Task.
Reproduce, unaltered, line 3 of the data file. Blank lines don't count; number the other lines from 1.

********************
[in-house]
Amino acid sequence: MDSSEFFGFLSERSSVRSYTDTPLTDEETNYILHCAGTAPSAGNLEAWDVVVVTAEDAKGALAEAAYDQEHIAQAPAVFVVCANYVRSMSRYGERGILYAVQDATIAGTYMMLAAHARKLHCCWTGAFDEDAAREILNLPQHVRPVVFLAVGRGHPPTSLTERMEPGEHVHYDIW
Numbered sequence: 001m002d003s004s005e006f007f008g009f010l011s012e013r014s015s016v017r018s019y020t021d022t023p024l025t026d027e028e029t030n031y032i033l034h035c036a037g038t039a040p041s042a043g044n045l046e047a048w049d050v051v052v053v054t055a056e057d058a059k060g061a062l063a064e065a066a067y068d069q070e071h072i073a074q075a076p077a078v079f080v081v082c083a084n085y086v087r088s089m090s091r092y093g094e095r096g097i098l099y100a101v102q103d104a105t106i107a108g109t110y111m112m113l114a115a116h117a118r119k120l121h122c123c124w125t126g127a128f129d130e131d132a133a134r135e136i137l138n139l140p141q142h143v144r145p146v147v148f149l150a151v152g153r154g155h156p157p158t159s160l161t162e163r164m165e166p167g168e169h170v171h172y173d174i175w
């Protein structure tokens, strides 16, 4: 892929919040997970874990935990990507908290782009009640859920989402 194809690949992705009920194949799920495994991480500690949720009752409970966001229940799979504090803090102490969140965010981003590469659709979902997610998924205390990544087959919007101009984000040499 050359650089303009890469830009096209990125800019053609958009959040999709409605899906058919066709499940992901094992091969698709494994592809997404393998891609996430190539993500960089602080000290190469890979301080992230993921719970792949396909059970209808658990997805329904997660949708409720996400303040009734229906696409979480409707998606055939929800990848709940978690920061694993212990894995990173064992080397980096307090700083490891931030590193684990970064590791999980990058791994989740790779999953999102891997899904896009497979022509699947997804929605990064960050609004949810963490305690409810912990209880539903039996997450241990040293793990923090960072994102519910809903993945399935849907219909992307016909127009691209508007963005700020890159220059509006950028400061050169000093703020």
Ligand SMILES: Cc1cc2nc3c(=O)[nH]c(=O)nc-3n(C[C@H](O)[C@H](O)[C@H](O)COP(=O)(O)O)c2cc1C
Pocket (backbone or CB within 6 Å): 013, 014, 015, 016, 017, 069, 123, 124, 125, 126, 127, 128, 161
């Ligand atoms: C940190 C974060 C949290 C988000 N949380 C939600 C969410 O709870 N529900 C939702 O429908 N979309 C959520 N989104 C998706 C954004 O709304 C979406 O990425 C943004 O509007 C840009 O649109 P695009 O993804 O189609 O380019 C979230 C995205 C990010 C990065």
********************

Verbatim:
Numbered sequence: 001m002d003s004s005e006f007f008g009f010l011s012e013r014s015s016v017r018s019y020t021d022t023p024l025t026d027e028e029t030n031y032i033l034h035c036a037g038t039a040p041s042a043g044n045l046e047a048w049d050v051v052v053v054t055a056e057d058a059k060g061a062l063a064e065a066a067y068d069q070e071h072i073a074q075a076p077a078v079f080v081v082c083a084n085y086v087r088s089m090s091r092y093g094e095r096g097i098l099y100a101v102q103d104a105t106i107a108g109t110y111m112m113l114a115a116h117a118r119k120l121h122c123c124w125t126g127a128f129d130e131d132a133a134r135e136i137l138n139l140p141q142h143v144r145p146v147v148f149l150a151v152g153r154g155h156p157p158t159s160l161t162e163r164m165e166p167g168e169h170v171h172y173d174i175w